And it is surely well that we should early recognize the awful responsibility that attaches to every action of our complex human life. Yet, according to the old Genesis story, the glorious promise of redemption was mingled with the pronouncement of man's punishment! Sin, failure, disappointment bulk so largely in the past that it is not surprising they should cast their shadows over the. present. Friends, it is these shadows of the past which must be subdued and driven away by hope. Maeterlinck has written a wonderful essay on "The Past," which contains the very essence of the hope of Christian Gospel. Here is a paragraph of it, "'The past is past,' we say, and it is false; the past is always present .... 'Nothing can wipe out the past,' we say, and it is false; the least effort of will sends present and future travelling over the past to efface whatever we bid them efface .... 'My past is wicked, it is sorrowful, empty,' we say again, 'as I look back I can see no moment of beauty, of happiness or love; I see nothing but wretched ruins ....' And that is false; for you see precisely what you yourself place there at the moment your eyes rest upon it. Our past depends entirely upon our present, and is constantly changing with it .... Our chief concern with the past, that which truly remains and forms part of us, is not what we have done, or the adventures we have met with, but the moral reactions bygone events are producing within us at this very moment, the inward being they have helped to form." Now, the events of life constantly happening around us assure us that this is so. Look at those definite acts of sin committed in moments of sudden impulse by young people who seem to have been afflicted by an almost incurable lightness and frivolity of mind and heart. Well, they are done, beyond recall — they are of the past. Are they, therefore, changeless? Has the sinner who has committed them no control over them? True, they must go on working out some consequences which he cannot control; but he can still make of them for himself what he will. By his present attitude towards them they become either stones to roll upon the tomb of his own moral and spiritual life, or stones — like Jacob's pillow — whereon, lying down in repentance, he shall have visions of the angels of God ascending and descending upon the still possible upward-sloping stairway whose top reaches to heaven. Many a moral defeat has been the first awakening of a soul to the possibility of a moral victory. And as it is with past sin, so it may be with past sorrow, past failure, past disappointment. The Christian attitude of hope has power to transfigure and change them all! There is no sorrow which cannot be turned into joy. "Trust in the Lord." That grave you dug in the past was not so much a place of burial for earth's joy, as a sowing-ground for heaven's spiritual fellowship. You are better, if you have not allowed yourself to become worse, for being compelled to face the grimmest reality of earth's experience; and your dear one is worthier to be loved, having passed that holy way! That good thing you tried but failed to do is not the symbol of your weakness and ineffectiveness. Never think it. It is the indelible mark of your divine doom to future achievement! Every statue, every picture, every poem in the world is some artist's failure! Do you imagine that the painter found the sunset his spirit had seen in the sky, when he spread the colours of his palette on the canvas? Never. We can afford to fail in learning the way to succeed! That disappointment of yours, I care not what it was, was no proof that the best good is a delusion. The mirage of the desert is not a proof that there is no water anywhere. "Trust in the Lord," and regard your past — whatever it may contain — in the attitude of hope.
II. THE CHRISTIAN ATTITUDE TOWARDS THE PRESENT. It is an attitude of love! "Do good," says the psalmist. "Dwell in the land .... Delight thyself also in the Lord." That is what you have to do now. The attitude of hope towards the past is strictly conditional upon the attitude of love towards the present. You and I are not likely to "trust in the Lord" about that strangely mysterious past of ours, if we feel no impulse to love Him to-day. "Dwell in the land!" Well, we must. Here we are. In some fashion or other we are occupying the land of our inheritance. "Dwell in the land," is not so much an invitation as a command. We cannot help ourselves. Well, then, "Do good Delight thyself in the Lord." There is one command there, not two. The man who does good because it is good, and because he loves the good when he sees it, does delight himself in the Lord, whether he knows it or not. There are not two opinions in this church this morning about doing good. When the good and the evil course of action lie clearly before us we all know we ought to do the good, and in our heart of hearts we all desire to do it, and feel convicted of sin if we refuse. And the harder it is to do the good in the face of temptation to do the evil, the deeper and more abiding is that mysterious glow of gladness with which our hearts are so strangely warmed. That glow of gladness just means that, at such times, whether we recognize it or not, in doing good we are delighting ourselves in the Lord. "Delight thyself also in the Lord!" Ah, well, that was easy a week ago, in the time of our sunshine, but not how! Then be very sure that you were not delighting yourself in the Lord a week ago, if you cannot do it now. You may have been delighting yourself in something pleasant He had given you. That is something very different from delighting yourself in Him.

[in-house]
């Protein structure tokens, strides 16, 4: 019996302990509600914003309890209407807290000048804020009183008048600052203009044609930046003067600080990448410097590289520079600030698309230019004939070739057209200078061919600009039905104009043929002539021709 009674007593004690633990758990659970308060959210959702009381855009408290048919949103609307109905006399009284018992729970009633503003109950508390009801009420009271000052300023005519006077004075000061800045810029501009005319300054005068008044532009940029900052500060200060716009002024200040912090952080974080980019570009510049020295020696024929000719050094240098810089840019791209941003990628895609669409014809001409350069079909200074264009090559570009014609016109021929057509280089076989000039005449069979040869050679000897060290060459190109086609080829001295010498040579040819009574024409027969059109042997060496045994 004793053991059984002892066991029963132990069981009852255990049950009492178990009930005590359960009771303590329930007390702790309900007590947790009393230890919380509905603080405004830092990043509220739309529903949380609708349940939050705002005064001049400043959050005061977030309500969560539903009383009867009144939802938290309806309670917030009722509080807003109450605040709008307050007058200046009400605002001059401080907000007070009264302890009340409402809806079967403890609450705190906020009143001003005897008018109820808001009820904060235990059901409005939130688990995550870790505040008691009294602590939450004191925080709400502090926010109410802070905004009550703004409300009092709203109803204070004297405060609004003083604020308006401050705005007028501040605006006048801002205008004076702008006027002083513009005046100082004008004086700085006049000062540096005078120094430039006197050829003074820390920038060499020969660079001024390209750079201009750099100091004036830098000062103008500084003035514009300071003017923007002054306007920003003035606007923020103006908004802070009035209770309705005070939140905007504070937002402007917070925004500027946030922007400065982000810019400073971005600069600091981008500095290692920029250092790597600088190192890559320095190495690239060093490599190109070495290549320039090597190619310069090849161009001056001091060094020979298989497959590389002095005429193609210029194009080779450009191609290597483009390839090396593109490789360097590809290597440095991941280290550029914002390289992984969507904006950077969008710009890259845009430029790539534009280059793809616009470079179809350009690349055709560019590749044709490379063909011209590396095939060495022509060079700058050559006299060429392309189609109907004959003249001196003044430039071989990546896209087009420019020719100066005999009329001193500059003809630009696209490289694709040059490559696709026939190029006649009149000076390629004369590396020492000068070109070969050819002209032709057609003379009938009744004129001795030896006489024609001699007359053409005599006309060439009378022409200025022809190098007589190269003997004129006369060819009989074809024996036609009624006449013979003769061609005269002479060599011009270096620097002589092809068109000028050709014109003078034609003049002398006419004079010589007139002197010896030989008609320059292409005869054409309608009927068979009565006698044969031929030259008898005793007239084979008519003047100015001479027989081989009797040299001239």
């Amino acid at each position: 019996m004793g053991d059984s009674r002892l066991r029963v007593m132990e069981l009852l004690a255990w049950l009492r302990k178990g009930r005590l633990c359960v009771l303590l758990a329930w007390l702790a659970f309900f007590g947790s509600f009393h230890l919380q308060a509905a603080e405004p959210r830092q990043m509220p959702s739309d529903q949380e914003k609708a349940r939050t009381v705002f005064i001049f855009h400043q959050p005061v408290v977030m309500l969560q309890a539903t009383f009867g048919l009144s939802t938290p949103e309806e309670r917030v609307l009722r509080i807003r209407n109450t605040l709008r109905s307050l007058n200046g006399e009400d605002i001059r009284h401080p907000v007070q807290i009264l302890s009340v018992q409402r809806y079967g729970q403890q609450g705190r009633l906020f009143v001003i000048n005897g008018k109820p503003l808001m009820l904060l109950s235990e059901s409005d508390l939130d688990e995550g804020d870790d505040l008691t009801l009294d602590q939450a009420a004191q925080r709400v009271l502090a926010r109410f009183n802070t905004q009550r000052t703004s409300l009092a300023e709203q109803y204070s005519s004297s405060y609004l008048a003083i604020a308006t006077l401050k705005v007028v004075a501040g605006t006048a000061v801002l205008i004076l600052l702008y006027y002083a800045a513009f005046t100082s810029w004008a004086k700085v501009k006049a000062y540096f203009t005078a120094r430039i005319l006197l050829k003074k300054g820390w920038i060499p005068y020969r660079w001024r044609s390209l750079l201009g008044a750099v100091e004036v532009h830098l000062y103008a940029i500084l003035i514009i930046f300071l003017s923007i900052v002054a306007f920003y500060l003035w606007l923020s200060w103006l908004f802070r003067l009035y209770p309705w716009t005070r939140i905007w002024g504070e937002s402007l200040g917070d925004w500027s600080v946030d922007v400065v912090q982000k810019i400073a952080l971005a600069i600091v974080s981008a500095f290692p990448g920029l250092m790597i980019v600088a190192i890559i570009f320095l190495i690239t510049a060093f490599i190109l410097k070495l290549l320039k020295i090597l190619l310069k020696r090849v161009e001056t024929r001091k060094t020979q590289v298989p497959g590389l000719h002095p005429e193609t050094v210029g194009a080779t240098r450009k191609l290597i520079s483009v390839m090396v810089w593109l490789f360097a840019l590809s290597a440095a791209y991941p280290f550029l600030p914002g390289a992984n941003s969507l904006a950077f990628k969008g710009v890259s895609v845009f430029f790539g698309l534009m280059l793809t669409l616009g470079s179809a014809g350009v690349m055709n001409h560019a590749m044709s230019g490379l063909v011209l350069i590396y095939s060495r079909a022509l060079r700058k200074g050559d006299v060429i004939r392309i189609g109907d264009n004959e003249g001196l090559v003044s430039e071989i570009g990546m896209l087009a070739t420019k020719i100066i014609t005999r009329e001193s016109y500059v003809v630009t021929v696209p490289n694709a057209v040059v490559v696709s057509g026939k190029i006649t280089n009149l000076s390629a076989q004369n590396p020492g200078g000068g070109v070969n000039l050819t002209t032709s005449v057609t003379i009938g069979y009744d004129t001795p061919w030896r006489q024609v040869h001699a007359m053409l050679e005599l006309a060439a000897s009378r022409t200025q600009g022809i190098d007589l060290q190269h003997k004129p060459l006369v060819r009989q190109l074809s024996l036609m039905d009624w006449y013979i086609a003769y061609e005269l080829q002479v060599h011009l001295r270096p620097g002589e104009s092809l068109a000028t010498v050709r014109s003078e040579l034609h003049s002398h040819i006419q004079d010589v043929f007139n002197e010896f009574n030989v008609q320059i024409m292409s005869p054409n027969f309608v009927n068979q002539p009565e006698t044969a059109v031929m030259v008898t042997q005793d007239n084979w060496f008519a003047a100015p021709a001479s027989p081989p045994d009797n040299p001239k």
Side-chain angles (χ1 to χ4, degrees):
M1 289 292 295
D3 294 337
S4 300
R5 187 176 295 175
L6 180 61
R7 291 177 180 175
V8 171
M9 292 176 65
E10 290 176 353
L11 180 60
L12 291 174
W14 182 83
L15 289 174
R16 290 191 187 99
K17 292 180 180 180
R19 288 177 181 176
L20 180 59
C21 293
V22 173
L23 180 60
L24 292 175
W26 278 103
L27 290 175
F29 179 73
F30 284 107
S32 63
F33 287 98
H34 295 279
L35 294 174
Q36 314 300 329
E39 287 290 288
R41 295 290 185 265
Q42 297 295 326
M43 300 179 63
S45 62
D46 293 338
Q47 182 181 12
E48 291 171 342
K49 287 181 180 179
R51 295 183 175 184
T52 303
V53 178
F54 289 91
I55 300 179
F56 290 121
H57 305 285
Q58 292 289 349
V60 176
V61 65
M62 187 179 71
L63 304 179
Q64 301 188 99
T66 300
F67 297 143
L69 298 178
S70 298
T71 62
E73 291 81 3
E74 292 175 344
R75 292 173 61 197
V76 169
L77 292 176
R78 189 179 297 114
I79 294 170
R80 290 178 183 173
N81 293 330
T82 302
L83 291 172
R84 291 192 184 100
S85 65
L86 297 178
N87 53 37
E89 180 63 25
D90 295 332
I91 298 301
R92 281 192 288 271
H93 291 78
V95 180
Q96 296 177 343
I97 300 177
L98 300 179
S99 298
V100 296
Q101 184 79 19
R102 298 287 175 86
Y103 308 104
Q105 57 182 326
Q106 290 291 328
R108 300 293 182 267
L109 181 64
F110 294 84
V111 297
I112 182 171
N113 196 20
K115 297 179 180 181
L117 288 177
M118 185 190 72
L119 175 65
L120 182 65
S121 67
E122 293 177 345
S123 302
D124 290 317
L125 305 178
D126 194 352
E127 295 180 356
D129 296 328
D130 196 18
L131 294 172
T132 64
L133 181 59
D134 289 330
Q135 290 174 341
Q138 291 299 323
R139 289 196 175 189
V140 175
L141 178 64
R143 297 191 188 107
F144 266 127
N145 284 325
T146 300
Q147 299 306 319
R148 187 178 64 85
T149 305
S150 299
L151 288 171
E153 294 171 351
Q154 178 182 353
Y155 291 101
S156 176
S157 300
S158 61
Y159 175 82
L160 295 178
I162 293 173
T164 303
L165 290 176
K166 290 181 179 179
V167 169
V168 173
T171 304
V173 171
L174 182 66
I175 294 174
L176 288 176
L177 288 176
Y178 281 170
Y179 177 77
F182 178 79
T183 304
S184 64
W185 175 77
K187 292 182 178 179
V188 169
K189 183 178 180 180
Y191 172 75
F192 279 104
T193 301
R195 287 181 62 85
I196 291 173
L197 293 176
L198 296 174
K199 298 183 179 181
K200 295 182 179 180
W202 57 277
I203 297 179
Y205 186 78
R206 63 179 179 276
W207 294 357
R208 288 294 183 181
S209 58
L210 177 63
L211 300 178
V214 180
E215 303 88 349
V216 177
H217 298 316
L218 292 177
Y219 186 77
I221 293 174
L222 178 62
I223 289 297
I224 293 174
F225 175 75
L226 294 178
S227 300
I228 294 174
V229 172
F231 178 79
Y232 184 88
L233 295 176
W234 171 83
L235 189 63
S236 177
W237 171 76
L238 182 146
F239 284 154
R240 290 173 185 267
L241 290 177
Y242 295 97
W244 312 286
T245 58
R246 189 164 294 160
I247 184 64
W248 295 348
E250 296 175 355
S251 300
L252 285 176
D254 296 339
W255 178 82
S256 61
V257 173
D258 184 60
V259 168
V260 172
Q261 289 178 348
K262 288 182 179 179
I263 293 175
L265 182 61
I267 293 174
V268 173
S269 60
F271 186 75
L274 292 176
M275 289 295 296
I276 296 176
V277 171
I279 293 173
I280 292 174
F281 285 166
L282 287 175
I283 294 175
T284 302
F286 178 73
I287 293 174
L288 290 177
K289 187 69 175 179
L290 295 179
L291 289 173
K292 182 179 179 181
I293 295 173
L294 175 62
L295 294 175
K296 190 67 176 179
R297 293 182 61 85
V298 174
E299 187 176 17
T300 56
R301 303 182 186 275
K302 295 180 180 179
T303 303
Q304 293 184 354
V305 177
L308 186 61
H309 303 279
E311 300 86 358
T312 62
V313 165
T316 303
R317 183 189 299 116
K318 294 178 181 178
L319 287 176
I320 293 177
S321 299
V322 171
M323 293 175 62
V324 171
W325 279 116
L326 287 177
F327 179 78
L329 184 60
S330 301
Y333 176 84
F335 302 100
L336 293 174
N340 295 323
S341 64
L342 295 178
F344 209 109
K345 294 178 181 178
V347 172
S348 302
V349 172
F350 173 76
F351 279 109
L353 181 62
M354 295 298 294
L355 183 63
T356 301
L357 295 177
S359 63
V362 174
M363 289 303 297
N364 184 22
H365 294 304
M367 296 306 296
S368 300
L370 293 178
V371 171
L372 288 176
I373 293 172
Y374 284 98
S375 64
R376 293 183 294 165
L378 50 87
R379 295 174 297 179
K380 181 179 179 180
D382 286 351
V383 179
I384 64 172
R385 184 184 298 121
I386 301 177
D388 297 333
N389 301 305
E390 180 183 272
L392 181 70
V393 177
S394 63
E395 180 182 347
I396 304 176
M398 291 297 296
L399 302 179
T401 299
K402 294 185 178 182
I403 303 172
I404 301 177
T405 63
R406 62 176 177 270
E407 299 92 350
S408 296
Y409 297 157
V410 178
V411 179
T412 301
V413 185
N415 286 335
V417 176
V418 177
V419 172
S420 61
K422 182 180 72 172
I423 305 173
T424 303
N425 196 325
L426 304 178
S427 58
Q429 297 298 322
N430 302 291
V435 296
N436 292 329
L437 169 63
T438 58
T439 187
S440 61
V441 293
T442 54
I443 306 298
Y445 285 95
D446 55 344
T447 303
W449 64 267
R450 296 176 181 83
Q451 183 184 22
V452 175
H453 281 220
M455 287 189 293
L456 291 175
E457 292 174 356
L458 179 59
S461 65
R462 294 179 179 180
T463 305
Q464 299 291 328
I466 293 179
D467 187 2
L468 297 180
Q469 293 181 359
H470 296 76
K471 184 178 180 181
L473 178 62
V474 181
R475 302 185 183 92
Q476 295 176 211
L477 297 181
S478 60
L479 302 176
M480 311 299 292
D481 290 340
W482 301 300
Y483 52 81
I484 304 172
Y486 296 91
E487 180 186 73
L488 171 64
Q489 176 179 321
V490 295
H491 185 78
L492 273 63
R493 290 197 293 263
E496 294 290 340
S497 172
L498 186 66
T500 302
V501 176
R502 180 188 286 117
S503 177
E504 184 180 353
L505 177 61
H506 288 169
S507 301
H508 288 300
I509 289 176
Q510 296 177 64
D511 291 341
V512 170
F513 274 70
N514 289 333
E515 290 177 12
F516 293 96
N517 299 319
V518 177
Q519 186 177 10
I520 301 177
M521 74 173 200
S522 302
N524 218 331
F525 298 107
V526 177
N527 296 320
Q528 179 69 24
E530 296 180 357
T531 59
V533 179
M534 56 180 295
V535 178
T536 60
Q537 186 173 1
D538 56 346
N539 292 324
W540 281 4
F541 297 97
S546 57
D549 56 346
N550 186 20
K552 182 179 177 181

III. THE CHRISTIAN ATTITUDE TOWARDS THE FUTURE. It is the attitude of faith. "Follow after faithfulness And He shall give thee the desire of thine heart." "Feed upon faithfulness," the margin says, that is, nourish your inner life with this spiritual food — "Faithfulness." What is exactly this attitude of faith towards the future? Let me answer you by quoting a beautiful passage I read the other day. A party of travellers was driving through lovely scenery within sight of the blue waters of the Mediterranean; one of them writes: "A short distance away, as we looked under the olive trees, across the ruddy clods and accidental wild flowers, were the innumerable dimples of the amiable sea .... 'Is it always like this?' asked Lamia. 'Far from it,' I was going to reply; but the Poet anticipated me. 'Yes, always, Lamia; always, always, always!' "No one deserves to travel who anticipates anything less agreeable than he is enjoying at the moment. Ah, then, this faith is self-delusion, after all, some of you will say. No, faith is the belief that the good and the beautiful must find issue in the best and the perfect! It is the assurance of the old poet Walt Whitman, who, looking back over a long life's work, set down as his last words,
Parallel VersesKJV: Trust in the LORD, and do good; so shalt thou dwell in the land, and verily thou shalt be fed.